So here the thing: I'm a city girl. I was born in Philadelphia, and have lived in cities (Boston, Berkeley, Portland) my whole life. We never had much gardening space when I was growing up, and what we had was usually devoted to rose bushes and flowering plants (my dad was the gardener in our house, and he always grew beautiful things). So we never grew vegetables; the only home-grown fruit I ever tasted came from a small peach tree in our minuscule back yard.
We had two apple trees on our property in California, and both produced prodigious amounts of fruit. I'd make pot after pot of applesauce which I'd freeze and then thaw in winter, when the taste of anything made from fresh-picked fruit was a real treat.
We now have a sizable back yard (my friend Deb's mom told me it looks like a park!), and last year David built me a small raised garden bed so I could plant some veggies. We planted late in the season and our harvest was small (maybe a quart of tomatoes and no zucchini at all), so this year we did our planting earlier.
I've learned a bit about the demands of harvesting from our amazing strawberry plants, as the gallon or so of frozen strawberries in our freezer prove. But even the strawberries didn't prepare me for our tomato harvest.
I picked a bunch this morning, and decided it would be interesting to see how much we have available at the moment (and believe me, we've been eating tomatoes every night, as many as we can manage), and it's about a pound of cherry and/or grape tomatoes. But there are a gazillion more out there, waiting to ripen and be gathered. At least a gazillion, maybe more. An on-line friend pointed me to a recipe for a cherry tomato tart that I'll attempt to make this weekend, and I've made a batch of pasta sauce that's frozen and ready for January/February consumption (along with about a quart of homemade pesto made mainly with basil we've grown here).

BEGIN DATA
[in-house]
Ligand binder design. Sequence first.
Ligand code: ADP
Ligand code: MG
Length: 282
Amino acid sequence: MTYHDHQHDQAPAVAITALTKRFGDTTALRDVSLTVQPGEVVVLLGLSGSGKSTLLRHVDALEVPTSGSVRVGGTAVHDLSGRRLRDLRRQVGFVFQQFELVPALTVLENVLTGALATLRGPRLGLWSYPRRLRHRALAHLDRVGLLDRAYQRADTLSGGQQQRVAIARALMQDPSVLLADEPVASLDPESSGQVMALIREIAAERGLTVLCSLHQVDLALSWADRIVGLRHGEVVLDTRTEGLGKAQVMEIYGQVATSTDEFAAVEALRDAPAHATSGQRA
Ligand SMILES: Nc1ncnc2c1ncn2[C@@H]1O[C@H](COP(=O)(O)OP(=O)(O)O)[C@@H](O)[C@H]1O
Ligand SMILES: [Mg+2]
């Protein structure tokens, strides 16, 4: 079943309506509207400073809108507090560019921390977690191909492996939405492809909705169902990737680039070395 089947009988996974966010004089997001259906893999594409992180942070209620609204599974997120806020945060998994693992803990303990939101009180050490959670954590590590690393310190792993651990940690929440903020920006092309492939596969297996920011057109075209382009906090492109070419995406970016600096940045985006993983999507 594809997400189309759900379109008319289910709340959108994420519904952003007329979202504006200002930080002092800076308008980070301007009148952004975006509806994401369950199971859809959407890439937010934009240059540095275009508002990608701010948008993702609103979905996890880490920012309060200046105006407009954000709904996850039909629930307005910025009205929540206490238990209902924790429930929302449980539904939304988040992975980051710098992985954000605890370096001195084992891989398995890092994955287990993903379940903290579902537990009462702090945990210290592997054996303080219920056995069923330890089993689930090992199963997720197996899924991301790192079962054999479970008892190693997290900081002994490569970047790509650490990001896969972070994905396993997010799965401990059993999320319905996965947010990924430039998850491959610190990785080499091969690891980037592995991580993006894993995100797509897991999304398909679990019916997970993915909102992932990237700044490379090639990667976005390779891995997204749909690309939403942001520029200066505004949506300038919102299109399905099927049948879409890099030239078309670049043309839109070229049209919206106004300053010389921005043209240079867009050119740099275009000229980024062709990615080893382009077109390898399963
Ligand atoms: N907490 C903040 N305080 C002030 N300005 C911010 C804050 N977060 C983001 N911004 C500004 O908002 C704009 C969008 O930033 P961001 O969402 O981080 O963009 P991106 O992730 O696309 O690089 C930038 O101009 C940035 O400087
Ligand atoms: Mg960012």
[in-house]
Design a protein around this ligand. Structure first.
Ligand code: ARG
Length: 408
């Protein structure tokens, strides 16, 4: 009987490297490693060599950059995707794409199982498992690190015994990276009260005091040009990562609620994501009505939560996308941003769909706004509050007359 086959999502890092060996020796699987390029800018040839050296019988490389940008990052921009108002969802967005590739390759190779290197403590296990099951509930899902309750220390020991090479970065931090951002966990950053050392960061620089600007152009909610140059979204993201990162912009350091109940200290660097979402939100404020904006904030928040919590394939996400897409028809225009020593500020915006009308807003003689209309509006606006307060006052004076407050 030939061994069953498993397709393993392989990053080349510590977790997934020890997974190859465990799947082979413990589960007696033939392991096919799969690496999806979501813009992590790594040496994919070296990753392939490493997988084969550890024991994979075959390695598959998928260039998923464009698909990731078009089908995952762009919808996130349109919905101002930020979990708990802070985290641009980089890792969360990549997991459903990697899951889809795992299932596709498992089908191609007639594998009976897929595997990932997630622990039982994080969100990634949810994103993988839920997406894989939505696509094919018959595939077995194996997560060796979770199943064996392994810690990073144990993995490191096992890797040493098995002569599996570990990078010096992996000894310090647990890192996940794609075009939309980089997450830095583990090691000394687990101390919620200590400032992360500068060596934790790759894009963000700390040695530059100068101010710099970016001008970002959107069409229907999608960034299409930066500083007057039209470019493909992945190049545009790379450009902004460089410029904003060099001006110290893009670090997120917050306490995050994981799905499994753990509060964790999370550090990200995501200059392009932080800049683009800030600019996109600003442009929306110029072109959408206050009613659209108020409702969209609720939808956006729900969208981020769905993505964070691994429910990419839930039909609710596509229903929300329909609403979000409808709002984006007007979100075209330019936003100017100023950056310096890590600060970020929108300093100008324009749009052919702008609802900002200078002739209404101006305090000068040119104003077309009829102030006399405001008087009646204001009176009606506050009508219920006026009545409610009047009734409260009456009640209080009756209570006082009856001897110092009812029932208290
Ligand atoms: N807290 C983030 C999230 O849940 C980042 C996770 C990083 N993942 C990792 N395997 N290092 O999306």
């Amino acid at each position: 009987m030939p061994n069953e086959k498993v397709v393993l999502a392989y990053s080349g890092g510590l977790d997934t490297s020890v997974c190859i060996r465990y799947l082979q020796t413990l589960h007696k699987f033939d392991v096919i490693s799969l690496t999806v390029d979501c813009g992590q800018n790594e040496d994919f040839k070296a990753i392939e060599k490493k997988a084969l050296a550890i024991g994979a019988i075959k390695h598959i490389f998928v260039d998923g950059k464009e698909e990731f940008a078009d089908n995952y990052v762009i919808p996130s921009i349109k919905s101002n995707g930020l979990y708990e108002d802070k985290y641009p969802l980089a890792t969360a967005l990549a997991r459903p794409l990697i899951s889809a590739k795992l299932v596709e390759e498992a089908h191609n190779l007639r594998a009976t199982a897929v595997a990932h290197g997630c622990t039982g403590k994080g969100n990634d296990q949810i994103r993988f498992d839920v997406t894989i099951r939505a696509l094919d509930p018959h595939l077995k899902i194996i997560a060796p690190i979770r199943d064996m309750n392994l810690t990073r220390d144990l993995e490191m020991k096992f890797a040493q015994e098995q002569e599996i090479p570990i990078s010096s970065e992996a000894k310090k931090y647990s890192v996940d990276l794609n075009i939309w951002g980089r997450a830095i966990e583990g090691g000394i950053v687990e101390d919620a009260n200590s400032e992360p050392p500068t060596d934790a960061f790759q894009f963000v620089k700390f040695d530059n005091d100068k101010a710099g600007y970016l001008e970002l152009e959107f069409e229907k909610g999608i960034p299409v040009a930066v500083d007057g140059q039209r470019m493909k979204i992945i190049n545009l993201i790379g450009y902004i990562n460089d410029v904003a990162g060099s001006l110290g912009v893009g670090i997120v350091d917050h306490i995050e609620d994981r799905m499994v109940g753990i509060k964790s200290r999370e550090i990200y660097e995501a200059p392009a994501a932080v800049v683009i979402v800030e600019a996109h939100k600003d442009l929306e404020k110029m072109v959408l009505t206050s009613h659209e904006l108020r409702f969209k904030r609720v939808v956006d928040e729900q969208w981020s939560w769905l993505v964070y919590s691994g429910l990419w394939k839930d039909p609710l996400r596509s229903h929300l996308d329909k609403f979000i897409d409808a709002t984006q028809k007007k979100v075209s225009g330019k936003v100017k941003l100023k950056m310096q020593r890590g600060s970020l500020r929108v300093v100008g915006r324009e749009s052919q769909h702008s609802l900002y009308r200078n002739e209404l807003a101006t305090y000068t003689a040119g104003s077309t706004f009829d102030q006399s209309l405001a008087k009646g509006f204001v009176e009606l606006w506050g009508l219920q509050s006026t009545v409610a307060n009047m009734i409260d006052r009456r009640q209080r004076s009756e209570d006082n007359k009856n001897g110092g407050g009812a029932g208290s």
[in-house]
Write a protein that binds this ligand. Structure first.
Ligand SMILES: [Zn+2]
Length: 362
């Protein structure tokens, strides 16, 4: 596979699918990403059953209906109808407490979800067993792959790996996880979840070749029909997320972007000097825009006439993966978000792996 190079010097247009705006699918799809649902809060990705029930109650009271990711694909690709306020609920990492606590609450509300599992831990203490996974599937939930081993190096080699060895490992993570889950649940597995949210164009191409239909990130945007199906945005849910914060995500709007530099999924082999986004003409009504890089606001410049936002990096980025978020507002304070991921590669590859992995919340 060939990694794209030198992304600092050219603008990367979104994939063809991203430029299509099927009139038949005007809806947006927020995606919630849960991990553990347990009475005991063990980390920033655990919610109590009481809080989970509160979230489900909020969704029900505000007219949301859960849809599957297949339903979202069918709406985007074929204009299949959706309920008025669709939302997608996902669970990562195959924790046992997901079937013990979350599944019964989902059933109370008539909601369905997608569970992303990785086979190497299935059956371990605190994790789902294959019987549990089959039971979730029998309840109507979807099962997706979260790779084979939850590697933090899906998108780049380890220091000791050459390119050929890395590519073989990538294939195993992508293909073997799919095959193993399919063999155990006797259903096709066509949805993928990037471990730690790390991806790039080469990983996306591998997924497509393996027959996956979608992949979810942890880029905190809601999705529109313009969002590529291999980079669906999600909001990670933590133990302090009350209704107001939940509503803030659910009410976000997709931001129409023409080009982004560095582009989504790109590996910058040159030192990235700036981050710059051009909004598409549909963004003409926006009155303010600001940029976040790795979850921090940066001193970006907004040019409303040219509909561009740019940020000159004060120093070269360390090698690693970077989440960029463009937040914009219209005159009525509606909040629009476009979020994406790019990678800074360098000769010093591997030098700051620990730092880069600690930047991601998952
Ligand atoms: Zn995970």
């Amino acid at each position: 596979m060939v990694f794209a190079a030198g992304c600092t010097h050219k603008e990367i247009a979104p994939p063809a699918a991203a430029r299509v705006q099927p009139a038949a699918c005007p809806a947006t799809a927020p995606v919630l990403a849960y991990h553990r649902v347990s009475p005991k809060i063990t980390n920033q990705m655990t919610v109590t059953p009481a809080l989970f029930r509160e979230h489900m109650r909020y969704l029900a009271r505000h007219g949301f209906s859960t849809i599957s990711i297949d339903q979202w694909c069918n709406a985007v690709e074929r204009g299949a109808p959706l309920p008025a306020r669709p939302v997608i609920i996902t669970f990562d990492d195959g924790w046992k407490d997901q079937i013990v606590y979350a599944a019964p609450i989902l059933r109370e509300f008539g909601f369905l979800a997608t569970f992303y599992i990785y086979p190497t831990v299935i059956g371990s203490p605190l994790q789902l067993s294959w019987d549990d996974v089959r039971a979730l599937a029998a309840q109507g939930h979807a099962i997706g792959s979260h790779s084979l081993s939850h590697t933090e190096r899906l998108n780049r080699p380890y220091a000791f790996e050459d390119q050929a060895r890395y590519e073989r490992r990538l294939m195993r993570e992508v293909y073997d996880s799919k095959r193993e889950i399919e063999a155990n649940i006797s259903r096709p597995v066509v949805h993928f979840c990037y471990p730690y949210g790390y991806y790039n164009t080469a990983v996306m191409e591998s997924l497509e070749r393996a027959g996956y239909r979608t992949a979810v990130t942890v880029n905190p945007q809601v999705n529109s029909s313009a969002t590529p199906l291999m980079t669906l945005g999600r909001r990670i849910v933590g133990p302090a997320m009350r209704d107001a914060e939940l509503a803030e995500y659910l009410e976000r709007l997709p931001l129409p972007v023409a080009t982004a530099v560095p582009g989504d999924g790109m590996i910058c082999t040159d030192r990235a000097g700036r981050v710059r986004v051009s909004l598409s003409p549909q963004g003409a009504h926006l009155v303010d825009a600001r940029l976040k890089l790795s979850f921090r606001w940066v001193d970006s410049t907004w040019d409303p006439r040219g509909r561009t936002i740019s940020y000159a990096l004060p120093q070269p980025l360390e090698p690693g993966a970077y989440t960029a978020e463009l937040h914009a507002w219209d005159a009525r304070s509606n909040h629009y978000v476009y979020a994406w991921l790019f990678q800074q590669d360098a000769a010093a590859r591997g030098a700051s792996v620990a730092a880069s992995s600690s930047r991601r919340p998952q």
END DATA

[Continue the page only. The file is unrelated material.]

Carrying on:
Oh, and I've done nothing with the pears that keep dropping onto the lawn. I have to get working on them, as well.
So, anyway, here's this city girl, born and bred, suddenly getting a real-life glimpse, if only for a brief moment or two, into the rigors of life on a farm. I don't mean to aggrandize my own experiences by saying that; I'm quite aware of how small my efforts are. But going out every morning to check the garden, harvest what's ready, and then figure out how to preserve what I've harvested has opened my eyes to just how difficult and all-consuming the lives of farming families are. I try to imagine what life would be like without refrigerators or freezers, in a time when nothing was wasted and everything needed to be preserved quickly (unlike our lives now, when I see gallons of apples fallen from trees along the streets where I walk crushed into pulp by passing cars). Hell, I'm wiped out when I make one batch of tomato sauce. I can't imagine spending day after day, keeping a stove going so all the various fruits and veggies could be prepared for canning. My guess is I wouldn't be worrying about losing weight!
David built another set of raised beds about a month ago, which means double the harvest next year. Ack!